Ford developing ways to manage driver distraction

Ford developing ways to manage driver distraction image

Text: / Photos: Ford | posted June 29, 2012 12:40

Ford researchers also are using biometric feedback through sensors in the steering wheel, seat and seat belt to provide a more complete model of driver stress levels

With today’s ever-increasing concern about driver distraction, engineers in the Ford Research and Innovation labs are developing ways to help drivers stay focused in busy situations by intelligently managing incoming communications.

“Ford has been a leader in delivering solutions for in-car communications and simplifying the user interface, and now we’re researching ways to use the car’s own intelligence to further help drivers,” says Jeff Greenberg, senior technical leader of Ford Research and Innovation. “Vehicle control inputs, sensors, road conditions and biometric information such as a driver’s pulse and breathing can all be used to create a driver workload estimation that can then help manage certain functions in demanding situations.”

Data from the sensing systems of driver-assist technologies can be used to determine the amount of external demand and workload upon a driver at any given time including traffic and road conditions. In addition, Ford continues its health and wellness research with the development of a biometric seat, seat belt and steering wheel that can monitor the condition of the driver to help add an even more specific estimate of the driver’s state of being.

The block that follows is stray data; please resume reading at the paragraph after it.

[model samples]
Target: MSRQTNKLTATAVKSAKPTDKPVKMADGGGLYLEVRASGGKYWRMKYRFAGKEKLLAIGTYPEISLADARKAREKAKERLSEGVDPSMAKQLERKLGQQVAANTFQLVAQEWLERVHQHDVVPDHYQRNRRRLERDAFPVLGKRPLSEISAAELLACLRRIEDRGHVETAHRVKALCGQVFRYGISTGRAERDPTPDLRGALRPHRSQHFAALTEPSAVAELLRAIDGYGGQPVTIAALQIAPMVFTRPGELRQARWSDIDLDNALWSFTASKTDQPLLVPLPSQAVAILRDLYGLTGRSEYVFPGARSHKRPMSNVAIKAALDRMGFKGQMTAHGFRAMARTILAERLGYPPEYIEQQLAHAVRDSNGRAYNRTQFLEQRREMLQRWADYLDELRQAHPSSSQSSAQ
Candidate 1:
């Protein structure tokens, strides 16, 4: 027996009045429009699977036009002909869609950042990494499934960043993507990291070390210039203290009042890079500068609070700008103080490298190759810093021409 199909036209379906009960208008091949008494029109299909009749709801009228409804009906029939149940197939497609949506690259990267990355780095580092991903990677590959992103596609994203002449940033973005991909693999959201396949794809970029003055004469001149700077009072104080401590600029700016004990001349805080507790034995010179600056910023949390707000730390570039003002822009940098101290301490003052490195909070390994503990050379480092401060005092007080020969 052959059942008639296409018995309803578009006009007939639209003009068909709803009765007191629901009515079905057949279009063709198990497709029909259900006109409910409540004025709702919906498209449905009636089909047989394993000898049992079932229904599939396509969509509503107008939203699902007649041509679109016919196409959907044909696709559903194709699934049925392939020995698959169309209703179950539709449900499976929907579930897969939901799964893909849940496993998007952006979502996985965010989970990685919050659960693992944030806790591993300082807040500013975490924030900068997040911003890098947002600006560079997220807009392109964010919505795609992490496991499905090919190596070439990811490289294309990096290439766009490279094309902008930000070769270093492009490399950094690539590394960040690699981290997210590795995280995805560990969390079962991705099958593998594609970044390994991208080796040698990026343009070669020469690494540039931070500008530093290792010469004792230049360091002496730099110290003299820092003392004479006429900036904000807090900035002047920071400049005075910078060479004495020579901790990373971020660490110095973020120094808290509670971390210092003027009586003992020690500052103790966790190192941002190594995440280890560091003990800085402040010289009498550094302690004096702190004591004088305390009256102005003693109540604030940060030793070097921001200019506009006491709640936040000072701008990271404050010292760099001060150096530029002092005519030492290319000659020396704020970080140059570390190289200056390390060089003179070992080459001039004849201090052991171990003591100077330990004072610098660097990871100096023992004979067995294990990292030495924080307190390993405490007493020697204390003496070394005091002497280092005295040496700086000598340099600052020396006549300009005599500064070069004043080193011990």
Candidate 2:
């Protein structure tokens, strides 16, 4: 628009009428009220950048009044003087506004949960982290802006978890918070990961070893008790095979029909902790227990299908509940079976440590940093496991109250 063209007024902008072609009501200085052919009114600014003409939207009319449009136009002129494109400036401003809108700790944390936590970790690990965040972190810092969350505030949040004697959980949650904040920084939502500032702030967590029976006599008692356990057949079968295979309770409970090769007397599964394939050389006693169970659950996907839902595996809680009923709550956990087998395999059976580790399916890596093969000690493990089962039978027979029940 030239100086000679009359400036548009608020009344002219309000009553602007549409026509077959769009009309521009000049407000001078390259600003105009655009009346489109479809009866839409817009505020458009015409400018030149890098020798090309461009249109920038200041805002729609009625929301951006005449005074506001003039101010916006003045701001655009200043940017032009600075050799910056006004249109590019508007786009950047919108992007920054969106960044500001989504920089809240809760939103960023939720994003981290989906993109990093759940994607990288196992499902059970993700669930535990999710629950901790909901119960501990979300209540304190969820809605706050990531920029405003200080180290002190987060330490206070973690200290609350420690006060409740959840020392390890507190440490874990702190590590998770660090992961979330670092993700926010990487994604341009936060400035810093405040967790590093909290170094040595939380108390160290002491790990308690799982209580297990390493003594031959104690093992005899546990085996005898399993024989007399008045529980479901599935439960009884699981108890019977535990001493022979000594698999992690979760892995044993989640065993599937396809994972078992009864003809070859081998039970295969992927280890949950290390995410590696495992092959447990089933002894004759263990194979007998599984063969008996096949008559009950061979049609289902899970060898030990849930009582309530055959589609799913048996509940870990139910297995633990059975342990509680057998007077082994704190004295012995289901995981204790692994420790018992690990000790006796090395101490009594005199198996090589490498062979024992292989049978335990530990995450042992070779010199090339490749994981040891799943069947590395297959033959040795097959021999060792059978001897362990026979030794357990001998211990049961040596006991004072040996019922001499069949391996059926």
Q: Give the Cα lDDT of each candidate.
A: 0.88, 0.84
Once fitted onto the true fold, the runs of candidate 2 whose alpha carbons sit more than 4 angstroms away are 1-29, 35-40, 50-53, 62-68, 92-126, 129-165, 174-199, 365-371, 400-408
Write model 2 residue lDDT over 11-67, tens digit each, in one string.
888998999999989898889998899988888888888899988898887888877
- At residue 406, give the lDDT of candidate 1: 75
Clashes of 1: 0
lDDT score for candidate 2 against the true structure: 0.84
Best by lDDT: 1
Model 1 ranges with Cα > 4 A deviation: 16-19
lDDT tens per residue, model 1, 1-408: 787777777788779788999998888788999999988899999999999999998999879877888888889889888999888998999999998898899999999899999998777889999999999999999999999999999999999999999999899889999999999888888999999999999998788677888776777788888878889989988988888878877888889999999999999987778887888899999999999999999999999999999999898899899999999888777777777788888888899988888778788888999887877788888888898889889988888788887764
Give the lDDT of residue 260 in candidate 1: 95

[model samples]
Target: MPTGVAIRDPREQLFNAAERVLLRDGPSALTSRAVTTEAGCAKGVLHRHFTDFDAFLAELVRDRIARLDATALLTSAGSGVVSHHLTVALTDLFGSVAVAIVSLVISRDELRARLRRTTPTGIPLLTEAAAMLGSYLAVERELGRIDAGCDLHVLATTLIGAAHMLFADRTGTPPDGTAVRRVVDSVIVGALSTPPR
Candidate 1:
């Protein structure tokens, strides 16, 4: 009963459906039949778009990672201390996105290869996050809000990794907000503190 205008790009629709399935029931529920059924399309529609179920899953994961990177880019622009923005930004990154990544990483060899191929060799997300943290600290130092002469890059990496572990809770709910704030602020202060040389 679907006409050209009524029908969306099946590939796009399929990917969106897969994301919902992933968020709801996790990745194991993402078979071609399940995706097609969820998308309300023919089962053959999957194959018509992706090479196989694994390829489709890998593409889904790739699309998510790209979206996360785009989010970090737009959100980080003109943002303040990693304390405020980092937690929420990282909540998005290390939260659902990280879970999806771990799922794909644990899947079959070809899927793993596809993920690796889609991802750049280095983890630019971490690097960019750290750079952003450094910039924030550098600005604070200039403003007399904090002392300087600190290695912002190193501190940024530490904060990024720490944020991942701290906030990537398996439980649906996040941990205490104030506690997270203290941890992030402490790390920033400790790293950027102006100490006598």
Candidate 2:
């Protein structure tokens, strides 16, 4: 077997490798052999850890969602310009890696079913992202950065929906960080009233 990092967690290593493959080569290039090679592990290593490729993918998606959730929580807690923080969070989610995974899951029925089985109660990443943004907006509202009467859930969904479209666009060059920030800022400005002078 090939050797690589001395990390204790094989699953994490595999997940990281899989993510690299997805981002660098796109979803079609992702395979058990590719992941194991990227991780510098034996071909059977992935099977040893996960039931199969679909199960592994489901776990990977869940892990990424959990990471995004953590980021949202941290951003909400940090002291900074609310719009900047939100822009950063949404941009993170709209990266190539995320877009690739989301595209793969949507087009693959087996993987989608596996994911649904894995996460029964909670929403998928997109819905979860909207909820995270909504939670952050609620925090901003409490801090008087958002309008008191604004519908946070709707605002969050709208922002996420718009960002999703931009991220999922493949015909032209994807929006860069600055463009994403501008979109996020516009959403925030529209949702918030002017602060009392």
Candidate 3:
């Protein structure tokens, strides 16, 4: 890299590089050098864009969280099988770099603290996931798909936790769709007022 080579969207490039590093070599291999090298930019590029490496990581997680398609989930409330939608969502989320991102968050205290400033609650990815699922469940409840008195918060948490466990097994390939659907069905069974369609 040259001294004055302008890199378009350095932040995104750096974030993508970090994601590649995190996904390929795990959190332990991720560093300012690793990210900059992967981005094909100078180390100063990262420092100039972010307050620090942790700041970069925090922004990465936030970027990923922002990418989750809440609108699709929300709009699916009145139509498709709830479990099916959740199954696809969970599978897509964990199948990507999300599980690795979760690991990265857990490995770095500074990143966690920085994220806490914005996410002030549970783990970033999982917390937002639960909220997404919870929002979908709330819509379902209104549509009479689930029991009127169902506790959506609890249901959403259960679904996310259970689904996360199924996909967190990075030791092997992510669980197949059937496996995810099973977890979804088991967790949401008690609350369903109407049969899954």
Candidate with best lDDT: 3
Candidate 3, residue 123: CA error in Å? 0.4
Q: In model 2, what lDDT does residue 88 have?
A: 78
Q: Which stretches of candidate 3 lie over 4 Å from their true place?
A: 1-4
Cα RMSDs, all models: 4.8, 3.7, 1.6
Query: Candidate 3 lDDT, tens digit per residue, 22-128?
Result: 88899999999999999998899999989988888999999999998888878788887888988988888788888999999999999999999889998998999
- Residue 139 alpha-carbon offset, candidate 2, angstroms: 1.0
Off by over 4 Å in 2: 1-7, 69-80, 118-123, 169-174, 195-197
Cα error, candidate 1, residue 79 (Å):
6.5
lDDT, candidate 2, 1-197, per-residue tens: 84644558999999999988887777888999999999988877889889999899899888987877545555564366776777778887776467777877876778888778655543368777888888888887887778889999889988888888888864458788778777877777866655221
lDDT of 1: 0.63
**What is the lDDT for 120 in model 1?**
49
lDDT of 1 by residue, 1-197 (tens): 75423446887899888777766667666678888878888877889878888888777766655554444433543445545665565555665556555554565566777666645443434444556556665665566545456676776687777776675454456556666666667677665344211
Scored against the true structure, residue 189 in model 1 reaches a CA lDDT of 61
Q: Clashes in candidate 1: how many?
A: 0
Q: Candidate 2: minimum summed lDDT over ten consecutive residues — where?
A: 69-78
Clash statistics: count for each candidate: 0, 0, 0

“In addition to using existing vehicle data to estimate demand on the driver, we’re researching ways to get an even better understanding of the stress level of the driver,” says Gary Strumolo, manager of vehicle design and infotronics, Ford Research and Innovation. “Biometric or health information of the driver can help us better tailor the experience when behind the wheel.”


The driver workload estimator is an algorithm using real-time data from existing sensors such as radar and cameras combined with input from the driver’s use of the throttle, brakes and steering wheel. The result is an intelligent system enabling management of in-vehicle communications based on the assessed workload of the driving situation.

The car could intelligently apply the “Do Not Disturb” feature that is already available as part of MyFord® Touch, helping the driver stay focused on the road during the high-demand situation.

With a more complete picture of the driver’s health and wellness blended with knowledge of what is happening outside the vehicle, the car will have the intelligence to dynamically adjust the alerts provided to the driver and filter interruptions.

“While these features are still in research, they show significant opportunity for us to leverage data already being captured by the vehicle and apply an intelligent decision-making system to simplify the driving experience,” adds Strumolo.